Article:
View Full Version : When is it too much aggression?

09-07-2015, 06:02 PM
Okay, so I had to tweak some plans for my 20 gallon community because my male betta is a little [redacted] who kills other fish. He's now off on his own in a very nice little 2.5 gallon (biggest I could find that would fit in the only spot I had left) tank on his own.

My 20 gallon has now been reassigned a sorority-community tank with 5 females (the other fish will be added later). Now, they've only been in there for 2 days, bought young, healthy females as best as I could (so dang hard to find female bettas at all every store only seems to have maybe 5 total and when you have criteria... *shudders*). Anyways, my five girls are settling in, establishing their pecking order, I haven't seen any fights (in fact I've seen them getting along just fine aside from a few mild flares and some moderate chasing, no worse than what my neon tetras do with one another) but 2 are missing mild pieces from their fins (dorsal and anal respectively). This is making me wonder when I should try removing someone. I don't know who's responsible for the missing pieces, and actually these two seem to be at the very top of the pecking order and are usually around one another so I can't help but wonder if they didn't go after one another in a quick tussle.

I also had one female who had some rough handling in transport I'm guessing, as she had a bent gill cover and seems to have trouble eating betta pellets (they seem almost too big for her mouth despite her being one of the larger individuals (all of them were close to the same size, and around or under an inch) in the tank). I'm wondering if there's something else I could feed her? I've yet to have luck getting a betta to eat even specially formulated flakes.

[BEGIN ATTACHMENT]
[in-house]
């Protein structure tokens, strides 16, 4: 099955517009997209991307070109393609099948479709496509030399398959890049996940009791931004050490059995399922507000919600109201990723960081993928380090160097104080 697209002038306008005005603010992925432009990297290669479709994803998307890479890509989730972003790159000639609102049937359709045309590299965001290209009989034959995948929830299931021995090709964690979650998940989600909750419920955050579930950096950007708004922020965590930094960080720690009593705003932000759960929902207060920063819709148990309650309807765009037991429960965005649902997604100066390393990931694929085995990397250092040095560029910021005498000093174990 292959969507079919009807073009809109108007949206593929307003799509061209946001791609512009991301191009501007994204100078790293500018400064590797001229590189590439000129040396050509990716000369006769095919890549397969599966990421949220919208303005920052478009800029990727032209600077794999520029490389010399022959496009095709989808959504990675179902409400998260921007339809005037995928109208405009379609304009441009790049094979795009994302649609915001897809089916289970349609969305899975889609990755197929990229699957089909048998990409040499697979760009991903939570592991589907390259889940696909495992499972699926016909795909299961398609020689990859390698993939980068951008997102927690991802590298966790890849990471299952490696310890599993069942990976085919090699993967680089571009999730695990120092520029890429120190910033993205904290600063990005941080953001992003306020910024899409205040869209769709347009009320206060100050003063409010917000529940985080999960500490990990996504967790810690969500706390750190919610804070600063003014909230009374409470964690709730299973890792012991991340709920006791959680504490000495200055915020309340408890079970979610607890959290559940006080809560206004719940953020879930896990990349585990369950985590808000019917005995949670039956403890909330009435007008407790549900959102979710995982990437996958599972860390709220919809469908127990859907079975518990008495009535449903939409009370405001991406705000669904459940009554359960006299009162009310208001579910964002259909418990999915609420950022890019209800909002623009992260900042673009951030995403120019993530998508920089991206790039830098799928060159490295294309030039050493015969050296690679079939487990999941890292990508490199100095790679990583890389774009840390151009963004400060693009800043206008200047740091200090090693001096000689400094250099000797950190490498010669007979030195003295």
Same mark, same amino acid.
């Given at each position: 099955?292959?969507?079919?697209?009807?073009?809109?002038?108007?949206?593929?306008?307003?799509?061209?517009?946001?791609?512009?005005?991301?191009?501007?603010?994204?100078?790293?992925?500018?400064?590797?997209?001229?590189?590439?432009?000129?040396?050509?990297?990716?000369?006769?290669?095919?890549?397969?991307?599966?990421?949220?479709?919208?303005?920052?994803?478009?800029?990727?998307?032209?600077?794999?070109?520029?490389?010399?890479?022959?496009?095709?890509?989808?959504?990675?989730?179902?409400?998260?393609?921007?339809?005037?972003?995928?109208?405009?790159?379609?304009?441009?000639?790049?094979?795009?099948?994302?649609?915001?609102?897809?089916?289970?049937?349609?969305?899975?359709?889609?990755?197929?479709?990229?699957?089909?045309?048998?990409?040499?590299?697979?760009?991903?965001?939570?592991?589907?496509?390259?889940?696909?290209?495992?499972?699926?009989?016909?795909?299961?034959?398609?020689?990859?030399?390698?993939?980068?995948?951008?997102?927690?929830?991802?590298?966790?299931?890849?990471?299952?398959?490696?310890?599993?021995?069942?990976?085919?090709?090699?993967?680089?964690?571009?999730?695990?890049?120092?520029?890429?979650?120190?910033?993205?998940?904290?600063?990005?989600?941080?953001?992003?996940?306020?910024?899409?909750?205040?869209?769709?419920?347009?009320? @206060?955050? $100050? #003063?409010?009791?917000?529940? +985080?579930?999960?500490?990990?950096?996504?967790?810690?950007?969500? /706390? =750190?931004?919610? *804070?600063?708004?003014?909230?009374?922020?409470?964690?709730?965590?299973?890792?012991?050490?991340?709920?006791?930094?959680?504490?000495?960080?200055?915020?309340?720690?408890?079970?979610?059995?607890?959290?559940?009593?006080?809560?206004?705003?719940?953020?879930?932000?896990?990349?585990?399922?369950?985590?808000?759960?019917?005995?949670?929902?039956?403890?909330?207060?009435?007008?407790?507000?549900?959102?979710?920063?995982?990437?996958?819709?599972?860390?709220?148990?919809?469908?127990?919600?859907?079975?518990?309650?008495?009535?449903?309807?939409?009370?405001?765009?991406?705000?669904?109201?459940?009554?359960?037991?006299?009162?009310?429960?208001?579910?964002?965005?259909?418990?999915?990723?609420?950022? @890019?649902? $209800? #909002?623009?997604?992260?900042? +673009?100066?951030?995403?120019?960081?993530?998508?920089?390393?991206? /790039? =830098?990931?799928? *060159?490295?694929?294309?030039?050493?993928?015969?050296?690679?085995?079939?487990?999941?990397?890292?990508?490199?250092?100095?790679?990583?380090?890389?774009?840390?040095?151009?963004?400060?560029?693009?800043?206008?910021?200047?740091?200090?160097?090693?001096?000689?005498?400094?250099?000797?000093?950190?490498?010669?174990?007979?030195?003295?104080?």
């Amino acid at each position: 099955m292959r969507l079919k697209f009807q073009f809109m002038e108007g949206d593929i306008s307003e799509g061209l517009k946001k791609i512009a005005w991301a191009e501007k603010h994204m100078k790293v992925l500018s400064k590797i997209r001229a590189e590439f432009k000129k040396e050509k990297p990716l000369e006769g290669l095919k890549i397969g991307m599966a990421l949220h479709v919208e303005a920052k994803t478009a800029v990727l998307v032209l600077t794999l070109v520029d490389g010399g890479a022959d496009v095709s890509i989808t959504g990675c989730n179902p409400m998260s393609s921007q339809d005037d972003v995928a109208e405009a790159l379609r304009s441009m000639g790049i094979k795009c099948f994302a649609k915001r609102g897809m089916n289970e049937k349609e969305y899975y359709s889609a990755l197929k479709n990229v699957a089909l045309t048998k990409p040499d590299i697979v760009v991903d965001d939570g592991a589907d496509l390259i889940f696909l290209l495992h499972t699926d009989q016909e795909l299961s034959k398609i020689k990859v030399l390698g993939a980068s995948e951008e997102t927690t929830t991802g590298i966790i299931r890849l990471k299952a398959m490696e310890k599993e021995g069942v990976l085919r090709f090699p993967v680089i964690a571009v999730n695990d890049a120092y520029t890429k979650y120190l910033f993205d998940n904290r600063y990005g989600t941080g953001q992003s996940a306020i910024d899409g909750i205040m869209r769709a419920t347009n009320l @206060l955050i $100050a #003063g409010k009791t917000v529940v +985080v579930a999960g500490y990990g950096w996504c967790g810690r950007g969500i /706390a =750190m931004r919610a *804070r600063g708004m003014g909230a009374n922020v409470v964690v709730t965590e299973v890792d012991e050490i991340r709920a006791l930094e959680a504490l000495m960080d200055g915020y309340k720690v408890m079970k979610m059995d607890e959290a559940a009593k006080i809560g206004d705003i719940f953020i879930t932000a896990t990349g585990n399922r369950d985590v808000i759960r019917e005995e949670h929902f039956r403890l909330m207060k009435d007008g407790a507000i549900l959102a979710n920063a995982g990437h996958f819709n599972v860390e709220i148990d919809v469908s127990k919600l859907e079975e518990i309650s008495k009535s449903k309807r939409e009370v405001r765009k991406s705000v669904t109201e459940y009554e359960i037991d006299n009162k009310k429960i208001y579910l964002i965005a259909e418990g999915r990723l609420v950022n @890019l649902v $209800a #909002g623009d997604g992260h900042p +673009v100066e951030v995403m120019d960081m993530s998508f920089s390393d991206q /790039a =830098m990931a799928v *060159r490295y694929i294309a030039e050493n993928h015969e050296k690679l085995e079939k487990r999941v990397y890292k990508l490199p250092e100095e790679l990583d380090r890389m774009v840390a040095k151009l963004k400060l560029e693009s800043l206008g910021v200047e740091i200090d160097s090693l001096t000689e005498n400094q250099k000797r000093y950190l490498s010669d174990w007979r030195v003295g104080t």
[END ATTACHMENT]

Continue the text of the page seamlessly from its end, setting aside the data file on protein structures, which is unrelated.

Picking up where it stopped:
For the record, I am (currently) target feeding all of them to avoid anyone getting too much food or too little.

09-07-2015, 06:18 PM
How much aggression you want in the tank is up to you. IMO if the fish can't lead a normal life and you are losing fish to stress or out right deaths then you should re home the aggressor.
I feed my betta Micro pellets, freeze dried daphnia, brine and missis shrimp.

09-07-2015, 06:38 PM
I rehomed (or rather, retanked) the killing betta, but of the females (who are still new and establishing a hierarchy)I wasn't sure when I needed to step in. I have not done a sorority tank before and while I have kept several male bettas (two by some miracle in the same 45 gallon planted tank without incident by utter accident) I've never had to deal much with fin nipping. It simply hasn't been a thing in previous tanks (until my current male went after and murdered my tetras and shrimps while waiting for the 20 gallon to cycle).

I've had community tanks before, and I do know to keep an eye out for obvious aggression, but I'm not quite sure when the aggression line is too much among a species like betta who are, even in the more sociable females, guaranteed to fight at least some, especially when first introduced to tank and each other. I would rather step in and put someone in a breeder box to float for a few days than have any of my girls killed.